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Eli looked at him for a long moment, brow crinkling. “That’s awful.”

“It’s from the introduction,” said Victor. “Don’t worry, I blacked it out.” He flipped back through the pages, a web of thin letters and fat black lines, until he reached the front. “They totally murdered Emerson.”

Eli shrugged. “All I know is that book is a sniffer’s dream,” he said. He was right, the four Sharpies Victor had gone through in converting the book to art had given it an incredibly strong odor, one which Victor found at once entrancing and revolting. He got enough of a high from the destruction itself, but he supposed the smell was an unexpected addition to the project’s complexity, or so the art teacher would spin it. Eli leaned back against the rail. His rich brown hair caught the too bright sun, bringing out reds and even threads of gold. Victor’s hair was a pale blond. When the sunlight hit him, it didn’t bring out any colors, but only accentuated the lack of color, making him look more like an old-fashioned photo than a flesh-and-blood student.

Eli was still staring down at the book in Victor’s hands.

“Doesn’t the Sharpie ruin whatever’s on the other side?”

“You’d think,” said Victor. “But they use this freakishly heavy paper. Like they want the weight of what they’re saying to sink in.”

Eli’s laugh was drowned by the second bell, ringing out across the emptying quad. The bells weren’t buzzers, of course— Lockland was too civilized—but they were loud, and almost ominous, a single deep church bell from the spiritual center that sat in the middle of campus. Eli cursed and helped Victor to his feet, already turning toward the huddle of science buildings, faced in rich red brick to make them seem less sterile. Victor took his time. They still had a minute before the final bell sounded, and even if they were late, the teachers would never mark them down. All Eli had to do was smile. All Victor had to do was lie. Both proved frighteningly effective.

* * *

Victor sat in the back of his Comprehensive Science Seminar—a course designed to reintegrate students of various scientific disciplines for their senior theses—learning about research methods. Or at least being told about research methods. Distressed by the fact that the class relied on laptops, and since striking through words on a screen hardly gave him the same satisfaction, Victor had taken to watching the other students sleep, doodle, stress out, listen, and pass digital notes. Unsurprisingly, they failed to hold his interest for long, and soon his gaze drifted past them, and past the windows, and past the lawn. Past everything.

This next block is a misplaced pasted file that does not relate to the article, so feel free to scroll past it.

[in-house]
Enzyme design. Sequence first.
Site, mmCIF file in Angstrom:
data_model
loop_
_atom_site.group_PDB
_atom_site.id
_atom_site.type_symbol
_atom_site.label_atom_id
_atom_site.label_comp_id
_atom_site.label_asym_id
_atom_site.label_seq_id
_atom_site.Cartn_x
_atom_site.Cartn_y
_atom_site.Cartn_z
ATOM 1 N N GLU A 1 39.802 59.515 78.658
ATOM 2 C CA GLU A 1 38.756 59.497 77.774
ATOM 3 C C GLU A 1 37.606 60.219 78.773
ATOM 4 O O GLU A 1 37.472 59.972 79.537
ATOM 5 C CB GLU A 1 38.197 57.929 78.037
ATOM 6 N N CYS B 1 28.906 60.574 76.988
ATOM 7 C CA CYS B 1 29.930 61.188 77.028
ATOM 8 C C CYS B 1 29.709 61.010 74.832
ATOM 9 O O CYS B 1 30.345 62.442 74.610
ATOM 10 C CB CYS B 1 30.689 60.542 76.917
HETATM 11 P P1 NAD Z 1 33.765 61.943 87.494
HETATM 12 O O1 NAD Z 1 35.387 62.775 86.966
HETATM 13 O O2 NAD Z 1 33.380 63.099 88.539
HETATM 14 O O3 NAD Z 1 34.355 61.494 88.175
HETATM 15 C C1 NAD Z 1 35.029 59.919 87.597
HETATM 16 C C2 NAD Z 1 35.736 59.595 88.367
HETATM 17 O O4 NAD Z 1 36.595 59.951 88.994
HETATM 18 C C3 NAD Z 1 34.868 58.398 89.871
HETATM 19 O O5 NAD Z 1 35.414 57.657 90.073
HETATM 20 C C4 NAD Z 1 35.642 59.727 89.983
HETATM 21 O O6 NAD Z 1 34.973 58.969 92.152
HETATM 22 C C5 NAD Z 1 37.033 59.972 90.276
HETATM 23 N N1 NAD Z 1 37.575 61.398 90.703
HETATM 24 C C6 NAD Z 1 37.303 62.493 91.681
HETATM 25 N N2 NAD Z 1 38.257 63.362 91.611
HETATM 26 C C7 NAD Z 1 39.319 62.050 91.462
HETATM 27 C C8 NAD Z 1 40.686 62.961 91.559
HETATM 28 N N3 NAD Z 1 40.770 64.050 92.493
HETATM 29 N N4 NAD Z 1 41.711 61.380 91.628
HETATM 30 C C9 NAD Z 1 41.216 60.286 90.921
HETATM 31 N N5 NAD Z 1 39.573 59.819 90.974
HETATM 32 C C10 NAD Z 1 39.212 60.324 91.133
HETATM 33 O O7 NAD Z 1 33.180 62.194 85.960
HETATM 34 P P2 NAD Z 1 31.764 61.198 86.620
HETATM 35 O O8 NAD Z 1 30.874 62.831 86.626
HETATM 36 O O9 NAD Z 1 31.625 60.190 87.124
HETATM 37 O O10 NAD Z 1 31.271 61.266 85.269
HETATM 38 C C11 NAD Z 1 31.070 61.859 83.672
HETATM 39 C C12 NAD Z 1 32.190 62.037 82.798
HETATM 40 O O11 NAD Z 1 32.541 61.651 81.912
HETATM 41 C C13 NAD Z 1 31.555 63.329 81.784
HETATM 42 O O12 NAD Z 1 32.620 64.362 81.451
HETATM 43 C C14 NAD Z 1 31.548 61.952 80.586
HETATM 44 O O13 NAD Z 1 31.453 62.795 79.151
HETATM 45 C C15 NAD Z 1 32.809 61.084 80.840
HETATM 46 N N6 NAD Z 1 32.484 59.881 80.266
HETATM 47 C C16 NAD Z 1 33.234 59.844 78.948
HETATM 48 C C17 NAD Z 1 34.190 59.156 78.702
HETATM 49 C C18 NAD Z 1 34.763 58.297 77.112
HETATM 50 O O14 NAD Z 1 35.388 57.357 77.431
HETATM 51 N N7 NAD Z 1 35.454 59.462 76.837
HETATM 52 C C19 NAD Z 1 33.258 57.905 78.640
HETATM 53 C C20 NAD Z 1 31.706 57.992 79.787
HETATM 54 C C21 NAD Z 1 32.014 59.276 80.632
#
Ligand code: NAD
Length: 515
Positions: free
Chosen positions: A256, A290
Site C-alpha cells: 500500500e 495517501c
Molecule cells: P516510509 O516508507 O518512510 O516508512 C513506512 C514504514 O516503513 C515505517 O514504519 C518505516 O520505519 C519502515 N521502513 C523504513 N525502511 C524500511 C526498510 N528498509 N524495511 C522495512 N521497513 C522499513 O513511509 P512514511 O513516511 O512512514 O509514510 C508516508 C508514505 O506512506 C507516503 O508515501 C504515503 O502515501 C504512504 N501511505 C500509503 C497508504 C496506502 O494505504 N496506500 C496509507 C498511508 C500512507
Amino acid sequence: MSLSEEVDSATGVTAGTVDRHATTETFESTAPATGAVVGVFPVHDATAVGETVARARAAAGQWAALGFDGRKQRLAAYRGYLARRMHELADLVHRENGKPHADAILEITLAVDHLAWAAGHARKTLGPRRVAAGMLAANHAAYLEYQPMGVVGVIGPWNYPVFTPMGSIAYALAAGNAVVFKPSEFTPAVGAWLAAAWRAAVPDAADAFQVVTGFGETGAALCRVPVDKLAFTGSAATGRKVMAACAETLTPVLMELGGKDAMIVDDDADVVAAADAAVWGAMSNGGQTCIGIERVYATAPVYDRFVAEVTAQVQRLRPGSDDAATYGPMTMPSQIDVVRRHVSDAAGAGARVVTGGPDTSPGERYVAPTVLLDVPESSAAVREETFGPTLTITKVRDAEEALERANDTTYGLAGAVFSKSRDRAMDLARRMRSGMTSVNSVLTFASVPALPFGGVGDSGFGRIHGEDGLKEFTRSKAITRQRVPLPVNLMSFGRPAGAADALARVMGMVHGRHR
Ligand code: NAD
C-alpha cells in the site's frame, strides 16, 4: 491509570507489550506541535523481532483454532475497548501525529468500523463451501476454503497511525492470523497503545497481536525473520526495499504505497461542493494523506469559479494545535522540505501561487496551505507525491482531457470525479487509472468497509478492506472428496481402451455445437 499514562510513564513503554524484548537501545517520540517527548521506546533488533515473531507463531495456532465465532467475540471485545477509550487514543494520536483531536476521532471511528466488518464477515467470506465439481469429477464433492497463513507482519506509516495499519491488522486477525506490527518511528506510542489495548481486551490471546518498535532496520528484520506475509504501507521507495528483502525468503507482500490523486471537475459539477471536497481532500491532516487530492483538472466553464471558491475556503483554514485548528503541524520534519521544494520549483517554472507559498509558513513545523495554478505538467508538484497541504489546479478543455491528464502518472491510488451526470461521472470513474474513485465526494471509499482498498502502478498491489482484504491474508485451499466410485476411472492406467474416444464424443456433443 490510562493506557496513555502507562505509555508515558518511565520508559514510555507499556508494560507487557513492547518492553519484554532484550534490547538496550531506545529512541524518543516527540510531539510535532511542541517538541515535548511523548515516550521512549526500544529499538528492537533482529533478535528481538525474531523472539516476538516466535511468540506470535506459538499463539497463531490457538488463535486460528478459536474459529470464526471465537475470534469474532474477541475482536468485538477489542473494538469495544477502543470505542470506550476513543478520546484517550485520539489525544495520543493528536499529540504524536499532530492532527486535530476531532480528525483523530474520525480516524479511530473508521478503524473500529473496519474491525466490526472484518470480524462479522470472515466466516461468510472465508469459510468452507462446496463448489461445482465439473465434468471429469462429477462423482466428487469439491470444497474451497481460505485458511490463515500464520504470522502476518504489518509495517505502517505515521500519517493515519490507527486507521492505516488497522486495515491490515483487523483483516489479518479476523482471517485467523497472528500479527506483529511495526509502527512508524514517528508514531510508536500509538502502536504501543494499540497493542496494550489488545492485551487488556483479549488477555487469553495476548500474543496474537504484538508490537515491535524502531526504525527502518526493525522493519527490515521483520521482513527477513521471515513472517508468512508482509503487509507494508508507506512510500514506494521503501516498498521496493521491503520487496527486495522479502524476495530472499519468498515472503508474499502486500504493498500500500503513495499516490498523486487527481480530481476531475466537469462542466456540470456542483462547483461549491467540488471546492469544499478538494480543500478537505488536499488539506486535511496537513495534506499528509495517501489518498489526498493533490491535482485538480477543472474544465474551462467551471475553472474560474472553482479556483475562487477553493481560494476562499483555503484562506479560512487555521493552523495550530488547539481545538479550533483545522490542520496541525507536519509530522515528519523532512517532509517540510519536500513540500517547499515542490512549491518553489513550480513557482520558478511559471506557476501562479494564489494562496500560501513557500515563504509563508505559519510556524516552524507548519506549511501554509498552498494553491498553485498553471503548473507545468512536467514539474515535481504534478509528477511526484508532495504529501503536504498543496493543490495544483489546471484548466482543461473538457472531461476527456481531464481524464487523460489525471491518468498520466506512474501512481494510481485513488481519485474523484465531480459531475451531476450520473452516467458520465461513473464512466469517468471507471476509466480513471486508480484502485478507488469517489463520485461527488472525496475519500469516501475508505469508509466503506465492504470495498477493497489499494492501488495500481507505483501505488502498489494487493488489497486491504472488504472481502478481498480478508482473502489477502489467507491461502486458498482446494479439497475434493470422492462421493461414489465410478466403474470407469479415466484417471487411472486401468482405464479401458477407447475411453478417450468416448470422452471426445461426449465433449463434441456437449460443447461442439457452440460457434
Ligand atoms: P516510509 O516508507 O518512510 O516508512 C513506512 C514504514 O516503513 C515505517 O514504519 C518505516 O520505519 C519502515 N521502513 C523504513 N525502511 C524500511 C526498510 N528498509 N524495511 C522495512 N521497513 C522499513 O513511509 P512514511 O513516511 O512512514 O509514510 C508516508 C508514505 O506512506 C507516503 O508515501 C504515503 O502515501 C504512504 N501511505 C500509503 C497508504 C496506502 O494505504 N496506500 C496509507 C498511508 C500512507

His attention was finally dragged back to the lecture when Eli’s hand went up. Victor hadn’t caught the question, but he watched his roommate smile his perfect all-American-political-candidate smile before he answered. Eliot—Eli—Cardale had started out as a predicament. Victor had been none too happy to find the lanky, brown-haired boy standing in the doorway of his dorm a month into sophomore year. His first roommate had experienced a change of heart in the first week (through no fault of Victor’s, of course) and had promptly dropped out. Due either to a shortage of students or perhaps a filing error made possible by fellow sophomore Max Hall’s penchant for any Lockland-specific hacking challenge, the student hadn’t been replaced. Victor’s painfully small double was converted into a much more adequate single room. Until the start of October when Eliot Cardale—who, Victor had immediately decided, smiled too much—appeared with a suitcase in the hall outside.

Victor had initially wondered what it would take to recover his bedroom for a second time in a semester, but before he put any plans into motion, an odd thing happened. Eli began to... grow on him. He was precocious, and frighteningly charming, the kind of guy who got away with everything, thanks to good genes and quick wits. He was born for the sports teams and the clubs, but he surprised everyone, especially Victor, by showing no inclination whatsoever to join either. This small defiance of social norm earned him several notches in Victor’s estimation, and made him instantly more interesting.

But what fascinated Victor most was the fact that something about Eli was decidedly wrong. He was like one of those pictures full of small errors, the kind you could only pick out by searching the image from every angle, and even then, a few always slipped by. On the surface, Eli seemed perfectly normal, but now and then Victor would catch a crack, a sideways glance, a moment when his roommate’s face and his words, his look and his meaning, would not line up. Those fleeting slices fascinated Victor. It was like watching two people, one hiding in the other’s skin. And their skin was always too dry, on the verge of cracking and showing the color of the thing beneath.